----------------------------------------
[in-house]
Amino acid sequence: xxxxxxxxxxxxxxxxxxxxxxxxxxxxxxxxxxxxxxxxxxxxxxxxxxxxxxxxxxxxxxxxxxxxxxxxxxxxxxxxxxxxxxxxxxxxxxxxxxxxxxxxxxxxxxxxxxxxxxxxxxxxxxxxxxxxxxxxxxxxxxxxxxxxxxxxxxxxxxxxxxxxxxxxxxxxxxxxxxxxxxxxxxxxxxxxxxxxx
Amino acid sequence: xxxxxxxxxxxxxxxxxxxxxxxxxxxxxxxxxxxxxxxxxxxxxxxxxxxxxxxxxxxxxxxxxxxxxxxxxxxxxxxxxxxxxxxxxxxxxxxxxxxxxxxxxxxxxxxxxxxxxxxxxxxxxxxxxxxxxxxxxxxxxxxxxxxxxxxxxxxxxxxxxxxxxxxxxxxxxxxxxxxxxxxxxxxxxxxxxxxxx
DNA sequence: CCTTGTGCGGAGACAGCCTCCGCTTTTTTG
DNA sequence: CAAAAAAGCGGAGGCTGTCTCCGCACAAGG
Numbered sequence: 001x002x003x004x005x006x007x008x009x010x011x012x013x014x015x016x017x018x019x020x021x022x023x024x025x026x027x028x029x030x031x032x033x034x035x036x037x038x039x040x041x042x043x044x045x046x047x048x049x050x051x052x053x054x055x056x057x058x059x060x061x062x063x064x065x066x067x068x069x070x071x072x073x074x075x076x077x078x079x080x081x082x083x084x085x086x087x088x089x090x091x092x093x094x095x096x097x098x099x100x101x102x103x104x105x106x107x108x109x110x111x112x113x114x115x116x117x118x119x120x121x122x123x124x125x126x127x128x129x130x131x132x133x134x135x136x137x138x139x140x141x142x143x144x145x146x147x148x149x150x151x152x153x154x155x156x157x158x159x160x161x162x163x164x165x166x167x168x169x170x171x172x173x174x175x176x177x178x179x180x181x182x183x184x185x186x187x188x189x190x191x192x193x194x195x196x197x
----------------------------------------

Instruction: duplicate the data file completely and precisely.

[in-house]
Amino acid sequence: xxxxxxxxxxxxxxxxxxxxxxxxxxxxxxxxxxxxxxxxxxxxxxxxxxxxxxxxxxxxxxxxxxxxxxxxxxxxxxxxxxxxxxxxxxxxxxxxxxxxxxxxxxxxxxxxxxxxxxxxxxxxxxxxxxxxxxxxxxxxxxxxxxxxxxxxxxxxxxxxxxxxxxxxxxxxxxxxxxxxxxxxxxxxxxxxxxxxx
Amino acid sequence: xxxxxxxxxxxxxxxxxxxxxxxxxxxxxxxxxxxxxxxxxxxxxxxxxxxxxxxxxxxxxxxxxxxxxxxxxxxxxxxxxxxxxxxxxxxxxxxxxxxxxxxxxxxxxxxxxxxxxxxxxxxxxxxxxxxxxxxxxxxxxxxxxxxxxxxxxxxxxxxxxxxxxxxxxxxxxxxxxxxxxxxxxxxxxxxxxxxxx
DNA sequence: CCTTGTGCGGAGACAGCCTCCGCTTTTTTG
DNA sequence: CAAAAAAGCGGAGGCTGTCTCCGCACAAGG
Numbered sequence: 001x002x003x004x005x006x007x008x009x010x011x012x013x014x015x016x017x018x019x020x021x022x023x024x025x026x027x028x029x030x031x032x033x034x035x036x037x038x039x040x041x042x043x044x045x046x047x048x049x050x051x052x053x054x055x056x057x058x059x060x061x062x063x064x065x066x067x068x069x070x071x072x073x074x075x076x077x078x079x080x081x082x083x084x085x086x087x088x089x090x091x092x093x094x095x096x097x098x099x100x101x102x103x104x105x106x107x108x109x110x111x112x113x114x115x116x117x118x119x120x121x122x123x124x125x126x127x128x129x130x131x132x133x134x135x136x137x138x139x140x141x142x143x144x145x146x147x148x149x150x151x152x153x154x155x156x157x158x159x160x161x162x163x164x165x166x167x168x169x170x171x172x173x174x175x176x177x178x179x180x181x182x183x184x185x186x187x188x189x190x191x192x193x194x195x196x197x